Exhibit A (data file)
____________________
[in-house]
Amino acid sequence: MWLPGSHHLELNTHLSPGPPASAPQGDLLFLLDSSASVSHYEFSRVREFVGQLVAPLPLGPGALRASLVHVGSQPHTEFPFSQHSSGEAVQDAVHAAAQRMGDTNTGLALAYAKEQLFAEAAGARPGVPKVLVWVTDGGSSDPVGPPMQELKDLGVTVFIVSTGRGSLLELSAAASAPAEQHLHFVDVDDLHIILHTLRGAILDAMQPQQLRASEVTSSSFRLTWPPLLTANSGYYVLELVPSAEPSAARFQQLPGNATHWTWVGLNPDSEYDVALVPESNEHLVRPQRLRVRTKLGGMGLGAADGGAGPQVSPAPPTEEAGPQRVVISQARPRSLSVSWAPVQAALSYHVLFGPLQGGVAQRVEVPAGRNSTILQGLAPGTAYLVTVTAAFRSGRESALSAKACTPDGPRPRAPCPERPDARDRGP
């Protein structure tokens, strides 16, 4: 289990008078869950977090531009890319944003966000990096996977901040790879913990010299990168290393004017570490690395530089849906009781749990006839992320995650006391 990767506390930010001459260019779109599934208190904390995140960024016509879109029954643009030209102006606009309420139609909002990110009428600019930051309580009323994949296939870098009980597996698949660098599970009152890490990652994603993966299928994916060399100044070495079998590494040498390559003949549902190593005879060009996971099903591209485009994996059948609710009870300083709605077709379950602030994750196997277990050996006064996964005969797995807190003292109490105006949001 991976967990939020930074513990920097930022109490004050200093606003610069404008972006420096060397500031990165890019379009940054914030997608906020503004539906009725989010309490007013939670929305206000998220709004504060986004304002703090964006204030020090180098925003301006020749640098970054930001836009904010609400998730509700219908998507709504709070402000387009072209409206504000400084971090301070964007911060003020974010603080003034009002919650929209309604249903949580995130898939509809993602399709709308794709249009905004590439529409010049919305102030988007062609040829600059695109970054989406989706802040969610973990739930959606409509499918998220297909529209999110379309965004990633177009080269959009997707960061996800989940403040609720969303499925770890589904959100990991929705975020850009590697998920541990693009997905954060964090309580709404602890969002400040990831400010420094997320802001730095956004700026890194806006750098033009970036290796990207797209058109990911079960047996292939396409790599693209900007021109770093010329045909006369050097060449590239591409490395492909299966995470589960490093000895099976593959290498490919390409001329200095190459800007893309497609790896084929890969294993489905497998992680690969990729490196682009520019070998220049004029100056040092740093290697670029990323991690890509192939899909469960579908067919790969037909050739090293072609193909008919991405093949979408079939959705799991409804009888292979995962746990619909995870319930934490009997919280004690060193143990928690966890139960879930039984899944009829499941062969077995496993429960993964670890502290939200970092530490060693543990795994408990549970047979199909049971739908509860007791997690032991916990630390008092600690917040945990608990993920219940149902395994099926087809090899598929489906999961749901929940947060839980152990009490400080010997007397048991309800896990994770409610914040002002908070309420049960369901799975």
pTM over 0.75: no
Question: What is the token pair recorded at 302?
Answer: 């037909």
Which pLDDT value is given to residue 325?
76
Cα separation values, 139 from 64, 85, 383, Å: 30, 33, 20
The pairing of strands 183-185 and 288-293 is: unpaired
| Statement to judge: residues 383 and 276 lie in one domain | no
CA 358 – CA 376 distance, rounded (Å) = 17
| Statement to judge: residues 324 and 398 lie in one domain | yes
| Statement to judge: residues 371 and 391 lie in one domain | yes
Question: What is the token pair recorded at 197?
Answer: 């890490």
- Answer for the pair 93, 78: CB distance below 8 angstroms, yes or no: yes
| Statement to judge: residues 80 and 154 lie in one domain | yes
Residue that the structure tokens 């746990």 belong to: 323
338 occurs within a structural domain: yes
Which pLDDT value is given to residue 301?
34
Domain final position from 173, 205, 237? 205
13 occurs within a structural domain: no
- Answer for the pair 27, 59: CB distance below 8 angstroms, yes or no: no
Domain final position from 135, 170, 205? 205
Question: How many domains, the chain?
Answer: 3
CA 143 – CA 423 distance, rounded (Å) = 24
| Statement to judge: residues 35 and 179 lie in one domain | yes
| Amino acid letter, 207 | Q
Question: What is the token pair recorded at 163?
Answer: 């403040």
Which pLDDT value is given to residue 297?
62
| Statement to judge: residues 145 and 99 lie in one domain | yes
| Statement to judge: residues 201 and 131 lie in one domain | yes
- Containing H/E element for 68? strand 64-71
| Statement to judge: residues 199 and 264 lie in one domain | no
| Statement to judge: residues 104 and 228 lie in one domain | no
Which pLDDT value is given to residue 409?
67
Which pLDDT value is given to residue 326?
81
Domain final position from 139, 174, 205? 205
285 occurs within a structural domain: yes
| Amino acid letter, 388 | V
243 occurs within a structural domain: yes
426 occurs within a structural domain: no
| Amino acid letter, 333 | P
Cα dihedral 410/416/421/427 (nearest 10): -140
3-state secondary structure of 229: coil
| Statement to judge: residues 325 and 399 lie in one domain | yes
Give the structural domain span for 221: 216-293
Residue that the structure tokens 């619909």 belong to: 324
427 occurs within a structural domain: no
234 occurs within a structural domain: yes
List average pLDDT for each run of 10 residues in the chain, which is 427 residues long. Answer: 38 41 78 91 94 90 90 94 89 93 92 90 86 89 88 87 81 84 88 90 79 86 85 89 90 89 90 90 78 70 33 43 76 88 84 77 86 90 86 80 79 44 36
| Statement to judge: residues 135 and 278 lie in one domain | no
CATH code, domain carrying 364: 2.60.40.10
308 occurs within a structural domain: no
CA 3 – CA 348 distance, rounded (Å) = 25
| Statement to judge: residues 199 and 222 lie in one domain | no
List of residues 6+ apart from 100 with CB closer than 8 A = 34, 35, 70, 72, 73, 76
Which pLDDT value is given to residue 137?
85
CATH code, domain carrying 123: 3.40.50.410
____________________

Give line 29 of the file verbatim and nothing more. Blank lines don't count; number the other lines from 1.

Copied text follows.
CA 143 – CA 423 distance, rounded (Å) = 24